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Roche leukemia med called breakthrough by FDA

July 29, 2017

Pharma giant Roche (RHHBY) snagged the U.S. Food and Drug Administration’s Breakthrough Therapy Designation for its acute myeloid leukemia drug, Venclexta.

The designation was awarded for the drug in combination with low dose cytarabine (LDAC) to treat elderly patients with previously untreated AML who are ineligible for intensive chemotherapy, the company announced this morning. This is the fourth breakthrough designation awarded to Venclexta (venetoclax). Roche subsidiary Genentech (RHHBY) has teamed up with Illinois-based AbbVie(ABBV) to co-develop and commercialize the drug. AbbVie will be responsible for commercialization outside of the United States.

Venclexta is a small molecule designed to selectively bind and inhibit the B-cell lymphoma 2 (BCL-2) protein. That protein plays an important role in programed cell death, also called apoptosis. The company said it’s believed that blocking the BCL-2 protein may restore the “signaling system” that will tell cells, including cancer cells, it’s time to self-destruct.

In its announcement, Roche said the FDA awarded the Breakthrough Therapy Designation based on data from an ongoing open-label phase Ib study of Venclexta in combination with LDAC to treat the AML patients. Roche added that preliminary data from the study, which was presented at the 22nd European Hematology Association (EHA) Annual Congress last month in Spain, “showed durable efficacy with an acceptable safety profile for Venclexta in combination with LDAC in this patient group.”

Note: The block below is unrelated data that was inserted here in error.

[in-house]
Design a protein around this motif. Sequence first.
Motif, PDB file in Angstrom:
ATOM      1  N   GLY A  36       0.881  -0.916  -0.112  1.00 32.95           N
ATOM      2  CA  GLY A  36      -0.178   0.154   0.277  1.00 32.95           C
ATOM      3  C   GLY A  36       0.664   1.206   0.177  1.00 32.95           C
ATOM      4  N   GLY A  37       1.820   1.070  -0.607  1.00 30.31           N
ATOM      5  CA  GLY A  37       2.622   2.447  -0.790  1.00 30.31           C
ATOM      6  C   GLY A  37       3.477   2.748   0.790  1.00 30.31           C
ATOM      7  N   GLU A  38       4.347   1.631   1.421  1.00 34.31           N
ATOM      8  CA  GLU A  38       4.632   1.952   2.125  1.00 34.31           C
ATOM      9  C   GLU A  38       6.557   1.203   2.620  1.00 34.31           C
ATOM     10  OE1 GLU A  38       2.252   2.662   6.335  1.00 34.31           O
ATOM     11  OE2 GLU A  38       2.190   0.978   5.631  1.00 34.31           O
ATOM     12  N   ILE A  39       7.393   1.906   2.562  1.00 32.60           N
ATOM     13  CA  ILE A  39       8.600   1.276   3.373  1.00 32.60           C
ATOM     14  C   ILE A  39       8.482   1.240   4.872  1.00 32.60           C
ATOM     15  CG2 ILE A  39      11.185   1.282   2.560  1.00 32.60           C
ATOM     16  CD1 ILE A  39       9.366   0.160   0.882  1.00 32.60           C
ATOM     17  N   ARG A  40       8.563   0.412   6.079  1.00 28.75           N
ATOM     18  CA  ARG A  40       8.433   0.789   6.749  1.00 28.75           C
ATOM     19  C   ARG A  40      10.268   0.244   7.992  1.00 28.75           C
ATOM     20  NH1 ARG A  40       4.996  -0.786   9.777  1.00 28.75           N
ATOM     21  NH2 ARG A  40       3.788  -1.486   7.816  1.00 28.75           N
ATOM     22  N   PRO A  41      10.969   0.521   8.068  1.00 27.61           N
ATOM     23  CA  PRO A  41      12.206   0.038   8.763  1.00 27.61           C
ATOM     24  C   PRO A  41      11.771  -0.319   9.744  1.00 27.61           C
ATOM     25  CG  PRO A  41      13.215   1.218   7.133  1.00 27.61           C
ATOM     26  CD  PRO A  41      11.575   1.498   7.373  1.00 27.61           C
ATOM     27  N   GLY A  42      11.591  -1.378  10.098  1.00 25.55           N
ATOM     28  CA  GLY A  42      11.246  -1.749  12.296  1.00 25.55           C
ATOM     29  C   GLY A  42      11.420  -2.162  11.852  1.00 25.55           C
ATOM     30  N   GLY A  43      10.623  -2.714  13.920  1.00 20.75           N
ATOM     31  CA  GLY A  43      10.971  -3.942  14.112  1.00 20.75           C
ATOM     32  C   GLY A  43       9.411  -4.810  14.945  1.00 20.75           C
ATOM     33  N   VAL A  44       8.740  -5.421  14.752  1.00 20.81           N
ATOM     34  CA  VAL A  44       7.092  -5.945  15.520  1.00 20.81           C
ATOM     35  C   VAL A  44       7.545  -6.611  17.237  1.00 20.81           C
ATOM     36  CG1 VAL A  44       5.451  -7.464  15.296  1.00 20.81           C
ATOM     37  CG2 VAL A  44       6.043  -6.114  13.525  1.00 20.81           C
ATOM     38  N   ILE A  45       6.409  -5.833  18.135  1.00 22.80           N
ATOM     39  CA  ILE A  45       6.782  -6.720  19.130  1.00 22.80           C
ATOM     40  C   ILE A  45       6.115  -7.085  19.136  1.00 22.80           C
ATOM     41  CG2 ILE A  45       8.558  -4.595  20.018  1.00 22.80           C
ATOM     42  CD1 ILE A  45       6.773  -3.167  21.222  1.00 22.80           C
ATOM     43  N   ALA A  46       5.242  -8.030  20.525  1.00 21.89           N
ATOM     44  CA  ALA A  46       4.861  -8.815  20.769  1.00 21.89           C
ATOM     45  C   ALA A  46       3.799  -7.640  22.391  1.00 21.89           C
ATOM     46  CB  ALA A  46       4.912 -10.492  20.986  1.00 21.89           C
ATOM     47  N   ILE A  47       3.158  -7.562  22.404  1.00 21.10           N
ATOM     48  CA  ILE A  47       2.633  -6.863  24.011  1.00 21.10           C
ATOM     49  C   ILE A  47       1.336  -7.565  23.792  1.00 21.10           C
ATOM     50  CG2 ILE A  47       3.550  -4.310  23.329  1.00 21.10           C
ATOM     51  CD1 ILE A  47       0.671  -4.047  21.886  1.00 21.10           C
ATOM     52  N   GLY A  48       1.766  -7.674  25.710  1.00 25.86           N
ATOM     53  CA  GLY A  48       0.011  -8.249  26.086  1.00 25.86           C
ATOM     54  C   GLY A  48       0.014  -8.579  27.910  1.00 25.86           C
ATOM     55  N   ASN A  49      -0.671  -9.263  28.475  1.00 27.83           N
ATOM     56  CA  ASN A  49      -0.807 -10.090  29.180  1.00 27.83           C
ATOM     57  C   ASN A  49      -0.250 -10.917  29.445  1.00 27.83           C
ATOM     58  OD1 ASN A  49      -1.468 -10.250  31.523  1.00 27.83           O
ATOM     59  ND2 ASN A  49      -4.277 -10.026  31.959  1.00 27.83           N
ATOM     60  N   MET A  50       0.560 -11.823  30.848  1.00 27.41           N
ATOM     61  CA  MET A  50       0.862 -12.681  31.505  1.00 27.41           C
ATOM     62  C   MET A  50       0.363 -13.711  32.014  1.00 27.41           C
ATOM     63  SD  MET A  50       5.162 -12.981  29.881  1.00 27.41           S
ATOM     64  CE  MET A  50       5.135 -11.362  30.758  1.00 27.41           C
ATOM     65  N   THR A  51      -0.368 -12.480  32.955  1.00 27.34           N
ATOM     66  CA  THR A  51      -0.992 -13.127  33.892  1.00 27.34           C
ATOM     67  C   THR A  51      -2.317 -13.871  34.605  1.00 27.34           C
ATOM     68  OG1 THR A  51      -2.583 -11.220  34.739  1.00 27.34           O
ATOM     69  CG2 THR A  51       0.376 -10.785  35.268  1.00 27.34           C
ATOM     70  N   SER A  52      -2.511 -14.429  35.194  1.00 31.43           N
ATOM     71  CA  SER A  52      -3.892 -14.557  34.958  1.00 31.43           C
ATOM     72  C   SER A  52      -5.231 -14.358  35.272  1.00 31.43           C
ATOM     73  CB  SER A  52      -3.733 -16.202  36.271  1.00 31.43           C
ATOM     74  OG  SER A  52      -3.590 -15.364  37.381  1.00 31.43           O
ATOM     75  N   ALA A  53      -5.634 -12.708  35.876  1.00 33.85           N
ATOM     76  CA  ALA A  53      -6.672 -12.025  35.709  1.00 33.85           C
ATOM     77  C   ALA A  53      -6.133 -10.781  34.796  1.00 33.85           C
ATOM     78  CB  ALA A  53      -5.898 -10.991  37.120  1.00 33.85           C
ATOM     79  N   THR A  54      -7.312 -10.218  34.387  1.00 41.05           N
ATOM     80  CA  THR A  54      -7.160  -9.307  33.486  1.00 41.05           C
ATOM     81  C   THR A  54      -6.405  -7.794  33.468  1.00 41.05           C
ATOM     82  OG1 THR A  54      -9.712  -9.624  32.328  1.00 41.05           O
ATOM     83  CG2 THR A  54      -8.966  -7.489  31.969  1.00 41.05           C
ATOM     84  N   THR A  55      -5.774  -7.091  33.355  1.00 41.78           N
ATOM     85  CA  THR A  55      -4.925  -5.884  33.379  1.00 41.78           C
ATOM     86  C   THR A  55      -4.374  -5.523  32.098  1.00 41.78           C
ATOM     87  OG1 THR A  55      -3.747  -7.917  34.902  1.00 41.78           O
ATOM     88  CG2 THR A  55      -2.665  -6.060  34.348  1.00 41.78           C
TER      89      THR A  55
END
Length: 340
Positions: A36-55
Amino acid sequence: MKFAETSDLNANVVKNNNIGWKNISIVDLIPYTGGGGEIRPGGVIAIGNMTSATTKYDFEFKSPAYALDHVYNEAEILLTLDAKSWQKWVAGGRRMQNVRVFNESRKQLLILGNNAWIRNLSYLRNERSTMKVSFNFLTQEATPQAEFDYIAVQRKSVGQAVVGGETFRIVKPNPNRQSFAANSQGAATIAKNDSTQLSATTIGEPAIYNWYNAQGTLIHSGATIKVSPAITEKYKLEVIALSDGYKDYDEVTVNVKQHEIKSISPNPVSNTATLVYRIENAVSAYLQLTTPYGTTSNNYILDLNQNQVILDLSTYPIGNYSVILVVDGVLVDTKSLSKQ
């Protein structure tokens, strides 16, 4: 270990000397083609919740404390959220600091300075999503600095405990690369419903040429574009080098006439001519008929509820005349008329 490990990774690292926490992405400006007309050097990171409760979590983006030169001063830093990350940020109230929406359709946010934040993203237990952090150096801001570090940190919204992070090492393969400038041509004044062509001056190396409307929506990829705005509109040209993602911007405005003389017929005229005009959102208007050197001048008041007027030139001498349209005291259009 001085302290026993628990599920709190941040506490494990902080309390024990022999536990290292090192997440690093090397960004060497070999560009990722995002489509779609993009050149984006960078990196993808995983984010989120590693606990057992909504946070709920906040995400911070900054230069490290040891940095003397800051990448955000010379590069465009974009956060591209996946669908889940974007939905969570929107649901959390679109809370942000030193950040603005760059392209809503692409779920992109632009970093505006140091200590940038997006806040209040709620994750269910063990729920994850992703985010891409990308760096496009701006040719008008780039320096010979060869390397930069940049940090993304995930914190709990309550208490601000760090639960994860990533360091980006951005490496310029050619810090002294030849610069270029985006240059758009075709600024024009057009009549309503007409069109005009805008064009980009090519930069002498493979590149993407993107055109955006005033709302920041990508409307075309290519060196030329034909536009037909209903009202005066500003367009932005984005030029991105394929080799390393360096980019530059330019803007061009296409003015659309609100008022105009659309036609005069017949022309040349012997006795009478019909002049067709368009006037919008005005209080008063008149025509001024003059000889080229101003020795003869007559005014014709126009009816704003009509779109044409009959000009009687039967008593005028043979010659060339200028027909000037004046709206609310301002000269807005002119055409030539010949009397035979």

Acute myeloid leukemia is an aggressive form of the disease and has one of the lowest survival rates of all types of leukemia. Approximately 20,000 people in the United States and 18,000 in Europe are diagnosed with AML each year, according to Roche’s data.

In April 2016, the FDA approved Venclexta for the treatment of patients with chronic lymphocytic leukemia (CLL) who have a chromosomal abnormality called 17p deletion and who have been treated with at least one prior therapy. Venclexta is the first FDA approved drug to target the BCL-2 protein. Genentech and AbbVie also co-developed the drug for this indication.

In addition to the AML trial and the approval for the rare form of CLL, AbbVie and Roche are collaborating on several Phase III trials studying Venclexta as a treatment for relapsed, refractory and previously untreated chronic lymphocytic leukemia, along with studies in several other cancers.

Shortly after winning approval for Venclexta in CLL, Genentech forged a partnership with California-based Astex Pharmaceuticals to develop a combination treatment for acute myeloid leukemia. The two companies inked a deal to explore the combination of Astex’s next generation hypomethylating agent, guadecitabine (SGI-110), with Genentech’s anti-PD-L1 monoclonal antibody, atezolizumab.

Genentech is also combining atezolizumab with Israel-based BioLine RX Ltd.’s BL-8040, a CXCR4 antagonist, to target AML.


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